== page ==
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difficult of discovery, for he whom we choose to fear, may say he had previous fear of us, and that his fear prompted the hostile symptoms which made us fear again. The truth is, that to attempt to make any distinctions upon the subject, is vain. War must be wholly forbidden, or allowed without restriction to defence; for no definitions of lawful and unlawful war, will be, or can bé, attended to. If the principles of Christianity, in any case, or for any purpose, allow armies to meet and slaughter one another, her principles will never conduct us to the period which prophecy has assured us they shall produce. There is no hope of eradicating war, but by a total abandonment of it.
The positions, then, which we endeavor to establish are these : 1. That those considerations which operate as General Causes of War, are commonly such as Christianity condemns.—2. That the Effects of War are, to a very great extent, prejudicial to the moral character of a people, and to their social and political welfare.-3. That the General Character of Christianity is wholly incongruous with war, and that its General Duties are incompatible with it.-4. That some of the express Precepts and Declarations of the Christian Scriptures virtually forbid it.–5. That the Primitive Christians believed that Christ had forbidden war; and that some of them suffered death in affirmance of this belief.-6. That God has declared in Prophecy, that war shall eventually be eradicated from the earth; and that this eradication will be effected by Christianity, by the influence of its present Principles.—7. That, as we shall next prove, those who have refused to engage in war, in consequence of believing it inconsistent with Christianity, have found that Providence has protected them.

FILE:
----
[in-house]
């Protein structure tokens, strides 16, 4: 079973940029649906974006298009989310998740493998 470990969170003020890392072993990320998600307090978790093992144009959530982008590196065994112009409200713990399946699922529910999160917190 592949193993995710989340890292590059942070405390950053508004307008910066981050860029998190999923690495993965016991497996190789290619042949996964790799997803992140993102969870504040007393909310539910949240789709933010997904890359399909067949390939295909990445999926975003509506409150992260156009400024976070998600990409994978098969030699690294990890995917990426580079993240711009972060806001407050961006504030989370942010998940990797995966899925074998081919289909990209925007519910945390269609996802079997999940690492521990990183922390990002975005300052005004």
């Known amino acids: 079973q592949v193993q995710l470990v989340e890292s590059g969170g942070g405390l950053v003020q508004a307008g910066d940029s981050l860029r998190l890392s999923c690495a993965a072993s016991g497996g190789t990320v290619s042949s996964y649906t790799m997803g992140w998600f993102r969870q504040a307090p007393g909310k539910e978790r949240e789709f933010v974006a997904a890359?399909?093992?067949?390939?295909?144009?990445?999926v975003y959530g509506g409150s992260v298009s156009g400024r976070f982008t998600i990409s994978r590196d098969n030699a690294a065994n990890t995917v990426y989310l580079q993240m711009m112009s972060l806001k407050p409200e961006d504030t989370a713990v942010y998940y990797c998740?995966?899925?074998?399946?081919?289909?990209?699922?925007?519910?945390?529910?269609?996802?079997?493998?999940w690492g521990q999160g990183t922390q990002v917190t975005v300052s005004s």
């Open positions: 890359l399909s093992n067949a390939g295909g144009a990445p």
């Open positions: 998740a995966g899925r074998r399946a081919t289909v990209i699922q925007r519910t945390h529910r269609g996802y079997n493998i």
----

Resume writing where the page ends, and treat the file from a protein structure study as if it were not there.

Now, the establishment of any considerable number of these positions is sufficient for our argument. The establishment of the whole forms a body of evidence, to which I am not able to believe that an inquirer, to whom the subject was new, would be able to withhold his assent. But whatever may be the determination upon this question, surely it is reasonable to try the experiment, whether security cannot be maintained without slaughter. Whatever the reasons for war, it certainly produces enormous mischief. Even waiving the obligations of Christianity, we have to chosse between evils that are certain, and evils that are doubtful ; between the actual endurance of a great calamity, and the possibility of a less. It certainly cannot be proved, that Peace would not be the best policy; and, since we know that the present system is bad, it were reasonable and wise to try whether the other is not better. Whenever a people shall pursue, steadily and uniformly, the pacific morality of the gospel, and shall do this from the pure motive of obedience, there is no reason to fear that they would experience any evils such as we now endure, or that they would not find that the surest, and the only rule of wisdom, of safety, and of expediency, is to maintain the spirit of Christianity in every circumstance of life.